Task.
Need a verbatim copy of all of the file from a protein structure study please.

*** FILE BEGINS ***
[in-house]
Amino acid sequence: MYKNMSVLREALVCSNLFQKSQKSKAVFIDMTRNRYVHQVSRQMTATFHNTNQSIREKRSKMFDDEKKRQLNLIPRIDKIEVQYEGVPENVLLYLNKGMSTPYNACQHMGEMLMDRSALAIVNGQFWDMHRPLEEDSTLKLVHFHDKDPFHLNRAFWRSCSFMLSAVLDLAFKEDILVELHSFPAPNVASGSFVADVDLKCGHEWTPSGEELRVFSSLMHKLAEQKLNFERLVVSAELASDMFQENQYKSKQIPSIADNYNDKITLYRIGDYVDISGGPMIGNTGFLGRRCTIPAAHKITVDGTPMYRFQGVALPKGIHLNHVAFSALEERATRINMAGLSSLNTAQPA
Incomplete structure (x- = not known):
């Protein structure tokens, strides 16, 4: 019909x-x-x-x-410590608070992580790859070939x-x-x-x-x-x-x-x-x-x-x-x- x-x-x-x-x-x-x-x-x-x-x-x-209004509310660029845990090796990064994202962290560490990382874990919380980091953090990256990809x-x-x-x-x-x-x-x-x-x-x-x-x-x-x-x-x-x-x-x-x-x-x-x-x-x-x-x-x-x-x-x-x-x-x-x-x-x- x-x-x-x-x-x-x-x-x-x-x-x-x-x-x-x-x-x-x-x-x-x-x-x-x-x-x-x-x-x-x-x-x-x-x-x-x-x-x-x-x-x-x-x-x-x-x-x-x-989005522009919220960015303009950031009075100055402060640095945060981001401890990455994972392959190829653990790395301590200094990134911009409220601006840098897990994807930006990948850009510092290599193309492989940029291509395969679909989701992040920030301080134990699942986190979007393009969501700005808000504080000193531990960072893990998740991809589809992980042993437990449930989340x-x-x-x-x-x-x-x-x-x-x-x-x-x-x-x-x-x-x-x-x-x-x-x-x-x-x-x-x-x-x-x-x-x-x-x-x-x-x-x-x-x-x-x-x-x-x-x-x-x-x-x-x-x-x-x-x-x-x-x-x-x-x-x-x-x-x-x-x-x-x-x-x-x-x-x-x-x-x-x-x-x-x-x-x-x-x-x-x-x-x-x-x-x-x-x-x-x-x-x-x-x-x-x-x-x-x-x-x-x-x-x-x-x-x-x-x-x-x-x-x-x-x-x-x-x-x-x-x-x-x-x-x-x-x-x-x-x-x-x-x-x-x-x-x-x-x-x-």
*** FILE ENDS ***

[in-house]
Amino acid sequence: MYKNMSVLREALVCSNLFQKSQKSKAVFIDMTRNRYVHQVSRQMTATFHNTNQSIREKRSKMFDDEKKRQLNLIPRIDKIEVQYEGVPENVLLYLNKGMSTPYNACQHMGEMLMDRSALAIVNGQFWDMHRPLEEDSTLKLVHFHDKDPFHLNRAFWRSCSFMLSAVLDLAFKEDILVELHSFPAPNVASGSFVADVDLKCGHEWTPSGEELRVFSSLMHKLAEQKLNFERLVVSAELASDMFQENQYKSKQIPSIADNYNDKITLYRIGDYVDISGGPMIGNTGFLGRRCTIPAAHKITVDGTPMYRFQGVALPKGIHLNHVAFSALEERATRINMAGLSSLNTAQPA
Incomplete structure (x- = not known):
């Protein structure tokens, strides 16, 4: 019909x-x-x-x-410590608070992580790859070939x-x-x-x-x-x-x-x-x-x-x-x- x-x-x-x-x-x-x-x-x-x-x-x-209004509310660029845990090796990064994202962290560490990382874990919380980091953090990256990809x-x-x-x-x-x-x-x-x-x-x-x-x-x-x-x-x-x-x-x-x-x-x-x-x-x-x-x-x-x-x-x-x-x-x-x-x-x- x-x-x-x-x-x-x-x-x-x-x-x-x-x-x-x-x-x-x-x-x-x-x-x-x-x-x-x-x-x-x-x-x-x-x-x-x-x-x-x-x-x-x-x-x-x-x-x-x-989005522009919220960015303009950031009075100055402060640095945060981001401890990455994972392959190829653990790395301590200094990134911009409220601006840098897990994807930006990948850009510092290599193309492989940029291509395969679909989701992040920030301080134990699942986190979007393009969501700005808000504080000193531990960072893990998740991809589809992980042993437990449930989340x-x-x-x-x-x-x-x-x-x-x-x-x-x-x-x-x-x-x-x-x-x-x-x-x-x-x-x-x-x-x-x-x-x-x-x-x-x-x-x-x-x-x-x-x-x-x-x-x-x-x-x-x-x-x-x-x-x-x-x-x-x-x-x-x-x-x-x-x-x-x-x-x-x-x-x-x-x-x-x-x-x-x-x-x-x-x-x-x-x-x-x-x-x-x-x-x-x-x-x-x-x-x-x-x-x-x-x-x-x-x-x-x-x-x-x-x-x-x-x-x-x-x-x-x-x-x-x-x-x-x-x-x-x-x-x-x-x-x-x-x-x-x-x-x-x-x-x-």